Best Dog Breed: Choosing the Right Puppy for You and Your Family
The decision has been made and soon there will be an addition to your family. Before you take the plunge and bring home your new canine companion, give some careful thought in selecting the right dog for you and your family.
The first and most important decision to make is to identify the best dog breed for you. The breed of a dog will determine it's size, temperament, energy level, grooming requirements, cost, and how well suited he/she will be to your home and lifestyle. Talk to friends, extended family members, and co-workers about what they like or what the challenges were with their dogs, and consider the dogs you see being walked in your neighbourhood. Take some time to complete a few different online Breed Selector Tools. Answering the questions truthfully will help you find the dog best suited to your family.
Dogs and Your Lifestyle
Why are you getting a dog? Are you looking for a companion to spend time with at home during the day? A running buddy? A pal for your children? Each dog breed comes with certain traits and characteristics that may make it more or less suitable for you and your family's lifestyle. A breed such as a Border Collie or a Labrador Retriever makes an excellent family pet as they are known for being great with children, but at the same time they can be high energy and require daily walks of at least 30 minutes. If you enjoy a more sedentary lifestyle, seek out a dog which requires much less exercise.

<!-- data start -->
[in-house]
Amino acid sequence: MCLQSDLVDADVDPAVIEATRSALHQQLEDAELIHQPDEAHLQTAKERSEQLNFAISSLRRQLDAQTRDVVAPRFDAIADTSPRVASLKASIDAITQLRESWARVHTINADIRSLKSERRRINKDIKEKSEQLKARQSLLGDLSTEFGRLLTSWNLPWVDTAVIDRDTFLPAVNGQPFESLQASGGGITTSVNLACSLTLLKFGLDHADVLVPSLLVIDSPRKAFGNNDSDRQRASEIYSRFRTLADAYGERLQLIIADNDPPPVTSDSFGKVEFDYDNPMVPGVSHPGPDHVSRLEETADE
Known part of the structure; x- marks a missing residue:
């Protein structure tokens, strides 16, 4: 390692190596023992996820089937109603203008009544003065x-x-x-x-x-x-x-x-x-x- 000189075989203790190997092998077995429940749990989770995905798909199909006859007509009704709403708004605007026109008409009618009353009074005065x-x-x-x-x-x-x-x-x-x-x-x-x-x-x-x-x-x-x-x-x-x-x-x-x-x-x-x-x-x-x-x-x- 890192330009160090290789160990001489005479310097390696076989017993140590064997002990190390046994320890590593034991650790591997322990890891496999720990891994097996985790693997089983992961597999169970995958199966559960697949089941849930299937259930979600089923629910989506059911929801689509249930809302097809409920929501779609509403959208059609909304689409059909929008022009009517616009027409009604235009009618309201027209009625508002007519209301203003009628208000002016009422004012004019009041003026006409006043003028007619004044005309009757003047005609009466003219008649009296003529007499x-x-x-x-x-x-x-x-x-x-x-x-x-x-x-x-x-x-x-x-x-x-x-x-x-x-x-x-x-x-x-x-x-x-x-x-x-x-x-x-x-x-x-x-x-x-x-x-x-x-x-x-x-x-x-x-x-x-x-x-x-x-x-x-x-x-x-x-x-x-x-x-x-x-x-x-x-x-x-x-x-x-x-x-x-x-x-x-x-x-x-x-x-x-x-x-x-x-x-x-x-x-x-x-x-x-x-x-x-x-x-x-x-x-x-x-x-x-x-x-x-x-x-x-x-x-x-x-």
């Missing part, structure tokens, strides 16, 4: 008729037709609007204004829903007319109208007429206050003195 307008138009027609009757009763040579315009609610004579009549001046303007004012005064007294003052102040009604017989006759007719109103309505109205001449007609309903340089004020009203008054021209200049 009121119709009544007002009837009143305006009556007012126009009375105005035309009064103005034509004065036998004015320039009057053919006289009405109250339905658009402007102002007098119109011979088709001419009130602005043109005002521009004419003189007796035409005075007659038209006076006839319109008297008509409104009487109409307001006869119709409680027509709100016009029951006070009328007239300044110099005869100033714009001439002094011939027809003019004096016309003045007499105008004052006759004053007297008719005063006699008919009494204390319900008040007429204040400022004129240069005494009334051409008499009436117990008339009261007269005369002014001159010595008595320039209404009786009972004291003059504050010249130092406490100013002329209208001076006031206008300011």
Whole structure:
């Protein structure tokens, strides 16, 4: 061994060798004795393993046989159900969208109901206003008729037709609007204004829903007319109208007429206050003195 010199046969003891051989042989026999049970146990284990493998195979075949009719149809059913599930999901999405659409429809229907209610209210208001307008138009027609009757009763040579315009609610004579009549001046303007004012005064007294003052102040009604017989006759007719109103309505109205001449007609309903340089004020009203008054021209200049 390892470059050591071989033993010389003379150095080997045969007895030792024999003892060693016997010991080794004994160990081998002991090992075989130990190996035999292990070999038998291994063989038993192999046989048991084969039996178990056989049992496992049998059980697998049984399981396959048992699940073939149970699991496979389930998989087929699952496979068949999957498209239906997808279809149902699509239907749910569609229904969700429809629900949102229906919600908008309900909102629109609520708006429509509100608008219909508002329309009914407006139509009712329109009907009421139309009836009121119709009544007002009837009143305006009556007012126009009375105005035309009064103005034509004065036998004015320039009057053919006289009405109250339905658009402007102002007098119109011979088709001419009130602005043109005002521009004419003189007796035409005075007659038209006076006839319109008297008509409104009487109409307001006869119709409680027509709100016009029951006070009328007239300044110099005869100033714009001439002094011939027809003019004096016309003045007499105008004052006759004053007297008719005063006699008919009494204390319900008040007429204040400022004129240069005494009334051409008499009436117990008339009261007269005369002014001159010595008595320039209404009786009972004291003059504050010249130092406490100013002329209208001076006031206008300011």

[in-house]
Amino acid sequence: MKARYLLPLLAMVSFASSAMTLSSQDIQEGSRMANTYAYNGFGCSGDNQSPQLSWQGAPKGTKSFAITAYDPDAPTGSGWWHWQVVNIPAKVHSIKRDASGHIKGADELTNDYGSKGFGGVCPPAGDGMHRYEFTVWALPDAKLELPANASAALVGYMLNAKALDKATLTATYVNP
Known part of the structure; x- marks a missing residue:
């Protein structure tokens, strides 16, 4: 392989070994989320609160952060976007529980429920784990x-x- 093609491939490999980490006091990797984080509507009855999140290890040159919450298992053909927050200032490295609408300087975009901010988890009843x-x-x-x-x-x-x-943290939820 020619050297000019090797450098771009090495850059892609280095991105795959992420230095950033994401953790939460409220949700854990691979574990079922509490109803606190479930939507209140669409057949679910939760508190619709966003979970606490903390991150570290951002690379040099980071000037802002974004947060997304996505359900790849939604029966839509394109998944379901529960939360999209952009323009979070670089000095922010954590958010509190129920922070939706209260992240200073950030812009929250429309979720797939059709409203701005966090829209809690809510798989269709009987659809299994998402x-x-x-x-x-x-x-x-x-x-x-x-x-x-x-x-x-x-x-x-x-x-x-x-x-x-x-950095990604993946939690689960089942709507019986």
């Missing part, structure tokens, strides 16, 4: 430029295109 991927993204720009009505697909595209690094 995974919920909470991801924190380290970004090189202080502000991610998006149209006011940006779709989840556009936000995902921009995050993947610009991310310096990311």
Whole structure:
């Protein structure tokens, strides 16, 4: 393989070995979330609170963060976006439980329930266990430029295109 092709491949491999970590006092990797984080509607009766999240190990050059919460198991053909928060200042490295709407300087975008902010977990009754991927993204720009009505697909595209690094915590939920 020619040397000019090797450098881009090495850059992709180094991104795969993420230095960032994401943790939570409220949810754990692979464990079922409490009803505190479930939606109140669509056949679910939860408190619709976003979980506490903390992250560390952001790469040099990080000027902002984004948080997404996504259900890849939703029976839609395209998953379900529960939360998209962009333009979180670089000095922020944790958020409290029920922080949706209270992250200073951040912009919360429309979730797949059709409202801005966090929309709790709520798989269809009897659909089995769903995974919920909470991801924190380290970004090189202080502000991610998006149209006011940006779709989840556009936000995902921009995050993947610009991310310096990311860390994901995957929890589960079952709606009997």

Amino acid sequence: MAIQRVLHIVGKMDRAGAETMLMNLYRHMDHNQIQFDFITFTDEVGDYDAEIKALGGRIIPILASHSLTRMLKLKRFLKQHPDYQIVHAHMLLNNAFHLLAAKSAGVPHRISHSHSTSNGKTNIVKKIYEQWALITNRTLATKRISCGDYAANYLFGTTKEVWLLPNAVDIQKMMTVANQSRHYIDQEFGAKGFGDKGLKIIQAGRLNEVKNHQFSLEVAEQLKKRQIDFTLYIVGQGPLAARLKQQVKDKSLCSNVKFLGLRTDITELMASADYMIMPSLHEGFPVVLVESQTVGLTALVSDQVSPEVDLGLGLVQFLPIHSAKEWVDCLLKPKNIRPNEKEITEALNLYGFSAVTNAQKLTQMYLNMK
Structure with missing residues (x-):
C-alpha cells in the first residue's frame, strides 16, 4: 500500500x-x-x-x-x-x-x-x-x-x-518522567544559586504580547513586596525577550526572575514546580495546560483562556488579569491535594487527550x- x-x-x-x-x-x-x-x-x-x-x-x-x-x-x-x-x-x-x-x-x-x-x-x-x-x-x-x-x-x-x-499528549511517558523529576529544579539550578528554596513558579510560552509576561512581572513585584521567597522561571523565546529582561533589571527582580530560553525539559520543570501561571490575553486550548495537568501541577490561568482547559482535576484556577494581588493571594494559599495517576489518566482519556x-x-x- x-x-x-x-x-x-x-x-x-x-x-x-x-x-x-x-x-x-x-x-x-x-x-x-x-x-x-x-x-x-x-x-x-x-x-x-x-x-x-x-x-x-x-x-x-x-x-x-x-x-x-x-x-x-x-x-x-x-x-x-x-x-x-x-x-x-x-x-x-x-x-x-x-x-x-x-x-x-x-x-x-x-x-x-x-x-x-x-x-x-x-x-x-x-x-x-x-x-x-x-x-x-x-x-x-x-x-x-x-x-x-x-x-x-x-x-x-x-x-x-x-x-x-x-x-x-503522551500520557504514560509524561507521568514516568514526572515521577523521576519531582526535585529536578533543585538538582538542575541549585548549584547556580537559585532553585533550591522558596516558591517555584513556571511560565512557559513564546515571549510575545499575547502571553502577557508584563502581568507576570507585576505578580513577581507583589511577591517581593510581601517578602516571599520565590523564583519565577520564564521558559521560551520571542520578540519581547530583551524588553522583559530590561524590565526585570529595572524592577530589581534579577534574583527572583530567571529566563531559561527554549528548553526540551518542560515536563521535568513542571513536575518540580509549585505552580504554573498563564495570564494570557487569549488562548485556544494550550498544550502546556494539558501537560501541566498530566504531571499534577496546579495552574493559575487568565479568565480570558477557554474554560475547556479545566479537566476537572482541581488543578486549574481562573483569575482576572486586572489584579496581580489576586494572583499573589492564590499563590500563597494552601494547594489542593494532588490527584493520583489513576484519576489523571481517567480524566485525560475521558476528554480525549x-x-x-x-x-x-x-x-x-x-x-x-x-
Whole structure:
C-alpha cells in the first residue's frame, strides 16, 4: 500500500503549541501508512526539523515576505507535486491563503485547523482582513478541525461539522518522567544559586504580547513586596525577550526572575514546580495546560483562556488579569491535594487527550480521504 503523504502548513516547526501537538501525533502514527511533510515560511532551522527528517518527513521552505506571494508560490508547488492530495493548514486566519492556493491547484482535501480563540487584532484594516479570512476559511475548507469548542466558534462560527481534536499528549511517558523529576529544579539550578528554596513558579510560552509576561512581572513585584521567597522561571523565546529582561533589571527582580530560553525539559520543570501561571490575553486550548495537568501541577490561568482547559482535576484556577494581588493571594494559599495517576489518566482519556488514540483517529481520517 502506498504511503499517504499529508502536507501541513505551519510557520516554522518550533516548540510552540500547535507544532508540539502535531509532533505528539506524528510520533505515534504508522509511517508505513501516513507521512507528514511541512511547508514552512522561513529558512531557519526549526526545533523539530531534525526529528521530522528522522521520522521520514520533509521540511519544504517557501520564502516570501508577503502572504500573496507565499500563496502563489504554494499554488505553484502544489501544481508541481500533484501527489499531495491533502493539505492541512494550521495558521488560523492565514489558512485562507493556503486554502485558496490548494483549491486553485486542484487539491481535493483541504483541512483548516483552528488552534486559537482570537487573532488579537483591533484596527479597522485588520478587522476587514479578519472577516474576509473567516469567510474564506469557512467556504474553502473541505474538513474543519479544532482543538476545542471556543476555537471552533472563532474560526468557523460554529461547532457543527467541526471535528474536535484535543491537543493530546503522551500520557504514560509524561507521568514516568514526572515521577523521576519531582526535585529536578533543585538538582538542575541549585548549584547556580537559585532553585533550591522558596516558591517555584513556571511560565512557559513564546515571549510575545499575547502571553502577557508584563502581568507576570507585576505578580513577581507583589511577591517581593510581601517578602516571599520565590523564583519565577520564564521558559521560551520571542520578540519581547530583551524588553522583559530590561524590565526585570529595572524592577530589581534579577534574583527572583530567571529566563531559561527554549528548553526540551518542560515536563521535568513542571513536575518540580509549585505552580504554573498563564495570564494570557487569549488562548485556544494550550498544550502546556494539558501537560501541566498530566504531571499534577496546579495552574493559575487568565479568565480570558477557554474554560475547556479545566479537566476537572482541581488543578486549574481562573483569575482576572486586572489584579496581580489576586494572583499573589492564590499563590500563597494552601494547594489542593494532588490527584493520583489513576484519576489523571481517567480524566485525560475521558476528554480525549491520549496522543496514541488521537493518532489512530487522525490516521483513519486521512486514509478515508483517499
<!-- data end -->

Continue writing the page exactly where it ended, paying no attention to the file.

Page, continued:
Another thing to keep in mind when choosing your new dog is how often you travel. Will you take your dog with you when you go to your in-laws? What about to the cottage? Or camping? How often do you go away on business? Who will look after your dog when you are away? Is there a reputable boarding kennel nearby, or will you call your parents? Not everyone is as thrilled with grandpuppies as they are with grandchildren!
Should I Get a Big or Small Dog?
Think carefully about the size of dog you would like to get. Keep the following in mind:
- How big is your living space? If you live in a studio apartment, consider a Daschund or a Yorkie instead of a Great Dane.
- Large dogs will eat more, therefore you will spend more than if you had a small dog. You will also need to store a large bag of dog food, so consider your pantry/storage situation.
- Large dogs also defacate in larger quantities! If you live in the city or suburbs, be prepared to "scoop the poop".